Development of a Complete Upper Extremity Model for Assessment of Shoulder, Elbow, Wrist, and Finger Motion
AbstractUpper extremity function is crucial to many activities of daily living, as well as to an individual's level of independence and quality of life. Several neurological disorders and diseases such as muscular dystrophy, spinal cord injury and stroke can negatively affect upper extremity strength and motion. According to the Public Health Agency of Canada, in 2013, approximately 741,800 Canadians were living with the effects of a stroke. It is estimated that between 50-80% of this population had to undergo some form of rehabilitation in order to regain movement and strength in upper limbs. A better understanding of human movement may improve treatment methods and evaluation of patient progress. The use of stereo-photogrammetry motion capture, for instance, can provide accurate quantitative information on upper extremity kinematics using comprehensive mechanical models. This information can help clinicians provide more effective treatment strategies. Most upper extremity kinematic models used in biomechanical and clinical research today do not include finger and thumb segments due to their complexity. In order to evaluate hand functionality, a hand kinematic model must be used separately. However, in the rehabilitation field, it has been shown that improving hand and wrist function improves how a patient moves their, shoulders, and elbow. For this reason, when using motion capture to evaluate the progress of a patient with loss of hand motor ability, having a kinematic model that assesses shoulder, elbow, wrist, and finger joint motion is of paramount importance. The aim of this research was to develop and test the reliability of a complete upper extremity kinematic model, including the finger and thumb segments, that is feasible and clinically meaningful for the evaluation of upper extremity and finger motion.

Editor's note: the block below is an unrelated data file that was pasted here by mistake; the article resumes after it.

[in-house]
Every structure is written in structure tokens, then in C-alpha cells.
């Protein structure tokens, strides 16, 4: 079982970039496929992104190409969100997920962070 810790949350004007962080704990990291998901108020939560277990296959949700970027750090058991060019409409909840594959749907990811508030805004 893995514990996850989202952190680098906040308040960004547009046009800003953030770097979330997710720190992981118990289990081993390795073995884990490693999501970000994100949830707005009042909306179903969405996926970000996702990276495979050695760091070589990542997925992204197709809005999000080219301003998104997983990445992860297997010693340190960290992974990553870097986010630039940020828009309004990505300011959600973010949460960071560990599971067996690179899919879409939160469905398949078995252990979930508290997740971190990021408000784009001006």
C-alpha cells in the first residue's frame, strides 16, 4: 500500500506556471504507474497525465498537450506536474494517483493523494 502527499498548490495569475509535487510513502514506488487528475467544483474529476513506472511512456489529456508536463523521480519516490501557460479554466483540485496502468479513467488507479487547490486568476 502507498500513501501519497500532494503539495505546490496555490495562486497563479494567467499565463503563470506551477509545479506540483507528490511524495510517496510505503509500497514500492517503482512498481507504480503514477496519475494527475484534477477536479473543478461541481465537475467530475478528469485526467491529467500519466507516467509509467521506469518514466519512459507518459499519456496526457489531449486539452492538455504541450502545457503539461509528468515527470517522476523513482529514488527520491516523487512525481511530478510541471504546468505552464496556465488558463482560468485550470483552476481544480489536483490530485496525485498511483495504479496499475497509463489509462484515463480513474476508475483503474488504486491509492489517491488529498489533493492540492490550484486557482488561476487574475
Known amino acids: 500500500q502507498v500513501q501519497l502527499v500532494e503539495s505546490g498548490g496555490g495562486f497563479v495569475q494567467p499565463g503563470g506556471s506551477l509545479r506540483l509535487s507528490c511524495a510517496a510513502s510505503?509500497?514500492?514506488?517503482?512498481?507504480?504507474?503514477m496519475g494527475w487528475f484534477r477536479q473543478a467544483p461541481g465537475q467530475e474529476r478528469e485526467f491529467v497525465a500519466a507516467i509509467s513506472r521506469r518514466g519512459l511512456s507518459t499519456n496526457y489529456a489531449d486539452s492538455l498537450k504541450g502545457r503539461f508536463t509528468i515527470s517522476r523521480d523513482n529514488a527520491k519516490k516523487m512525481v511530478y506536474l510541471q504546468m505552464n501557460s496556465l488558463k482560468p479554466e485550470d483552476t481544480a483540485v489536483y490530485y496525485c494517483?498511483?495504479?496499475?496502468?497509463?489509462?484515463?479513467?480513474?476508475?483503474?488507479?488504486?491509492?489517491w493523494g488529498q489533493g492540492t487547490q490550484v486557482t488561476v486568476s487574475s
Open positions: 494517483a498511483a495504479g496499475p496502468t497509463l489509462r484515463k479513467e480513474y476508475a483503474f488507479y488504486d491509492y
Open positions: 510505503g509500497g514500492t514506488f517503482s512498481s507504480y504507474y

How to Cite
A. Arantes, U. Kuruganti, and V. Chester, “Development of a Complete Upper Extremity Model for Assessment of Shoulder, Elbow, Wrist, and Finger Motion”, CMBES, vol. 41, May 2018.